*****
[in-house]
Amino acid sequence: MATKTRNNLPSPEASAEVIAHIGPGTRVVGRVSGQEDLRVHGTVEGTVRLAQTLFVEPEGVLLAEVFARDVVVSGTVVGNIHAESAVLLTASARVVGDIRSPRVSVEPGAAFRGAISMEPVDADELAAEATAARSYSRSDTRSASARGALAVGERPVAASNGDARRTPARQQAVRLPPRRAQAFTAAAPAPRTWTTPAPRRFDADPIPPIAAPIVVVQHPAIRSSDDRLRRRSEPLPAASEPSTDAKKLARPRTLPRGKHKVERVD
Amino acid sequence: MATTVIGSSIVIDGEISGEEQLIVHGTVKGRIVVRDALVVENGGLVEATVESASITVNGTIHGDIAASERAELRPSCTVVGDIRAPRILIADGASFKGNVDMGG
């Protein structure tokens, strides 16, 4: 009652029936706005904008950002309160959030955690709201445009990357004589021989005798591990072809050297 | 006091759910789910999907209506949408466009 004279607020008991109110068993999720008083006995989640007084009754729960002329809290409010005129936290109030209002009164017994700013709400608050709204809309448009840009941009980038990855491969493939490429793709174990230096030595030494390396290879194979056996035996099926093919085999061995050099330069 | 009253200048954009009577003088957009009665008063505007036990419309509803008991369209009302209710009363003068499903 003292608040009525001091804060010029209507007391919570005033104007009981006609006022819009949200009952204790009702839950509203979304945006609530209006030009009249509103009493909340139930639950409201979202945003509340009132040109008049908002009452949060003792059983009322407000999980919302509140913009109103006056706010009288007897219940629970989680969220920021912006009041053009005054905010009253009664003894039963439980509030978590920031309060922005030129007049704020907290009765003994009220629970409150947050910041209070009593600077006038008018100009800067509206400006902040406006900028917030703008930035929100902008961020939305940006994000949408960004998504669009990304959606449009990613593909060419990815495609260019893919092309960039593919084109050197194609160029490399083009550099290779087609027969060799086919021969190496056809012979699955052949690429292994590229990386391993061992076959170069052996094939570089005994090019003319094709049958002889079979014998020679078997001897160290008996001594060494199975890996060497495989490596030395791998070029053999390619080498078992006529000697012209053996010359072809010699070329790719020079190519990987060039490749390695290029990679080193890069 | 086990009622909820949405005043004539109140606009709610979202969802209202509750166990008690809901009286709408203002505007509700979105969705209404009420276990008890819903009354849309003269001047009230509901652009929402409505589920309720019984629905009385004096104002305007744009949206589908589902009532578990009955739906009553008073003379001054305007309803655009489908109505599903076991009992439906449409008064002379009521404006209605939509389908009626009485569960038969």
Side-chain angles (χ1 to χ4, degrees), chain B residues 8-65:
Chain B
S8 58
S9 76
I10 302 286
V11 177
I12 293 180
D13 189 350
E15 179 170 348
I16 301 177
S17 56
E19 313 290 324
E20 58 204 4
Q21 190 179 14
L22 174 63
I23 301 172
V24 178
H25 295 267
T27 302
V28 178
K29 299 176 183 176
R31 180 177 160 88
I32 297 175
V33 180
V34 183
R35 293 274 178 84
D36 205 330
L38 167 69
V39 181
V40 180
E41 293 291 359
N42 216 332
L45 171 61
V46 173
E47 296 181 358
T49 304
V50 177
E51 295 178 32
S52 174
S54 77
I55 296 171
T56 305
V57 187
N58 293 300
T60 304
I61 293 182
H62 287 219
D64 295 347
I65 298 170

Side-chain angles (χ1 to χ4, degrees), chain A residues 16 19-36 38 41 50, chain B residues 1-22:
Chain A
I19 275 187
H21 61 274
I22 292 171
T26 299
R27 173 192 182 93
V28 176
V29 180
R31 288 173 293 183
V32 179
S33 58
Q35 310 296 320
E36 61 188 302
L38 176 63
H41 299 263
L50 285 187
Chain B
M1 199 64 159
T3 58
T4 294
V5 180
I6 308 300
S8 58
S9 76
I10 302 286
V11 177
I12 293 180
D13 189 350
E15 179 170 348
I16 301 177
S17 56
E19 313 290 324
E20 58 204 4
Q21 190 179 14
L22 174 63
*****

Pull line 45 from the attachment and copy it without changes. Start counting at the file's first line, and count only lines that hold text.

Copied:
I55 296 171